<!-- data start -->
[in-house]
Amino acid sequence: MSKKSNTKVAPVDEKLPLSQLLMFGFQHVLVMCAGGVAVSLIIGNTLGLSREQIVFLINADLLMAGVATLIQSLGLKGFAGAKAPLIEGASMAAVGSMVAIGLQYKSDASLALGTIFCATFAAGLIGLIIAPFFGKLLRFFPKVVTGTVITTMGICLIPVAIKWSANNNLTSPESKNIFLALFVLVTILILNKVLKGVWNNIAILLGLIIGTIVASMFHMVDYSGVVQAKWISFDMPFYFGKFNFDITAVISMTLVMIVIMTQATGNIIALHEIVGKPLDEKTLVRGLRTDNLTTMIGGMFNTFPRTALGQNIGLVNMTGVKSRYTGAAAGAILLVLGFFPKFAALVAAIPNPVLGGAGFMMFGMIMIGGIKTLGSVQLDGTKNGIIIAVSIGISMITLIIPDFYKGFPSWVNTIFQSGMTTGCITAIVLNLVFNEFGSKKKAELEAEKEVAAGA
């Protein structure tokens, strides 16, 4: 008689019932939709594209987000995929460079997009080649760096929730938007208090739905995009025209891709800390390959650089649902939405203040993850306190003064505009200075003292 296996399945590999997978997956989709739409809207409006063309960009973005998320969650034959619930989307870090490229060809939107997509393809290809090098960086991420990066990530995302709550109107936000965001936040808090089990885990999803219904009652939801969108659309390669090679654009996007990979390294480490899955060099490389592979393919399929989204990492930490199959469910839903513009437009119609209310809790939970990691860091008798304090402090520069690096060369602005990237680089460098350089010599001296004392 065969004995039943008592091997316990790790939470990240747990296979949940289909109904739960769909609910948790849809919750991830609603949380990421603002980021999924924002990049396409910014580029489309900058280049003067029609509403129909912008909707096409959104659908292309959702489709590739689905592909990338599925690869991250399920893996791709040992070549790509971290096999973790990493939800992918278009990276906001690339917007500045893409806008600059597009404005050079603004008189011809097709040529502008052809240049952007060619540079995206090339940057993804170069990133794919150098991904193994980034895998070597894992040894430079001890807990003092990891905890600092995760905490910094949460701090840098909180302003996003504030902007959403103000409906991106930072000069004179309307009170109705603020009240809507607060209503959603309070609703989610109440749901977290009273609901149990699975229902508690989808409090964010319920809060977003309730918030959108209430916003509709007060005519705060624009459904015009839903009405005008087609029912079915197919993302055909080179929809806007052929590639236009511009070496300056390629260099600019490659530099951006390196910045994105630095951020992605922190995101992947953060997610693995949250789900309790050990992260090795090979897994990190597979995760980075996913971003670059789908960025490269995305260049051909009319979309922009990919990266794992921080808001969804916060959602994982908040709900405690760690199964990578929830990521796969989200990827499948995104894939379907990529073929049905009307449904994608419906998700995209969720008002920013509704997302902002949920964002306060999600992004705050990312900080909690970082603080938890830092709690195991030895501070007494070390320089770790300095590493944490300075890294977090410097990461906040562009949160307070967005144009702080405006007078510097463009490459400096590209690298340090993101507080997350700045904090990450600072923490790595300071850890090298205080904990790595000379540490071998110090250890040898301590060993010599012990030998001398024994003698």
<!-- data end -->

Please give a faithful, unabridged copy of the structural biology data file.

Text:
[in-house]
Amino acid sequence: MSKKSNTKVAPVDEKLPLSQLLMFGFQHVLVMCAGGVAVSLIIGNTLGLSREQIVFLINADLLMAGVATLIQSLGLKGFAGAKAPLIEGASMAAVGSMVAIGLQYKSDASLALGTIFCATFAAGLIGLIIAPFFGKLLRFFPKVVTGTVITTMGICLIPVAIKWSANNNLTSPESKNIFLALFVLVTILILNKVLKGVWNNIAILLGLIIGTIVASMFHMVDYSGVVQAKWISFDMPFYFGKFNFDITAVISMTLVMIVIMTQATGNIIALHEIVGKPLDEKTLVRGLRTDNLTTMIGGMFNTFPRTALGQNIGLVNMTGVKSRYTGAAAGAILLVLGFFPKFAALVAAIPNPVLGGAGFMMFGMIMIGGIKTLGSVQLDGTKNGIIIAVSIGISMITLIIPDFYKGFPSWVNTIFQSGMTTGCITAIVLNLVFNEFGSKKKAELEAEKEVAAGA
């Protein structure tokens, strides 16, 4: 008689019932939709594209987000995929460079997009080649760096929730938007208090739905995009025209891709800390390959650089649902939405203040993850306190003064505009200075003292 296996399945590999997978997956989709739409809207409006063309960009973005998320969650034959619930989307870090490229060809939107997509393809290809090098960086991420990066990530995302709550109107936000965001936040808090089990885990999803219904009652939801969108659309390669090679654009996007990979390294480490899955060099490389592979393919399929989204990492930490199959469910839903513009437009119609209310809790939970990691860091008798304090402090520069690096060369602005990237680089460098350089010599001296004392 065969004995039943008592091997316990790790939470990240747990296979949940289909109904739960769909609910948790849809919750991830609603949380990421603002980021999924924002990049396409910014580029489309900058280049003067029609509403129909912008909707096409959104659908292309959702489709590739689905592909990338599925690869991250399920893996791709040992070549790509971290096999973790990493939800992918278009990276906001690339917007500045893409806008600059597009404005050079603004008189011809097709040529502008052809240049952007060619540079995206090339940057993804170069990133794919150098991904193994980034895998070597894992040894430079001890807990003092990891905890600092995760905490910094949460701090840098909180302003996003504030902007959403103000409906991106930072000069004179309307009170109705603020009240809507607060209503959603309070609703989610109440749901977290009273609901149990699975229902508690989808409090964010319920809060977003309730918030959108209430916003509709007060005519705060624009459904015009839903009405005008087609029912079915197919993302055909080179929809806007052929590639236009511009070496300056390629260099600019490659530099951006390196910045994105630095951020992605922190995101992947953060997610693995949250789900309790050990992260090795090979897994990190597979995760980075996913971003670059789908960025490269995305260049051909009319979309922009990919990266794992921080808001969804916060959602994982908040709900405690760690199964990578929830990521796969989200990827499948995104894939379907990529073929049905009307449904994608419906998700995209969720008002920013509704997302902002949920964002306060999600992004705050990312900080909690970082603080938890830092709690195991030895501070007494070390320089770790300095590493944490300075890294977090410097990461906040562009949160307070967005144009702080405006007078510097463009490459400096590209690298340090993101507080997350700045904090990450600072923490790595300071850890090298205080904990790595000379540490071998110090250890040898301590060993010599012990030998001398024994003698």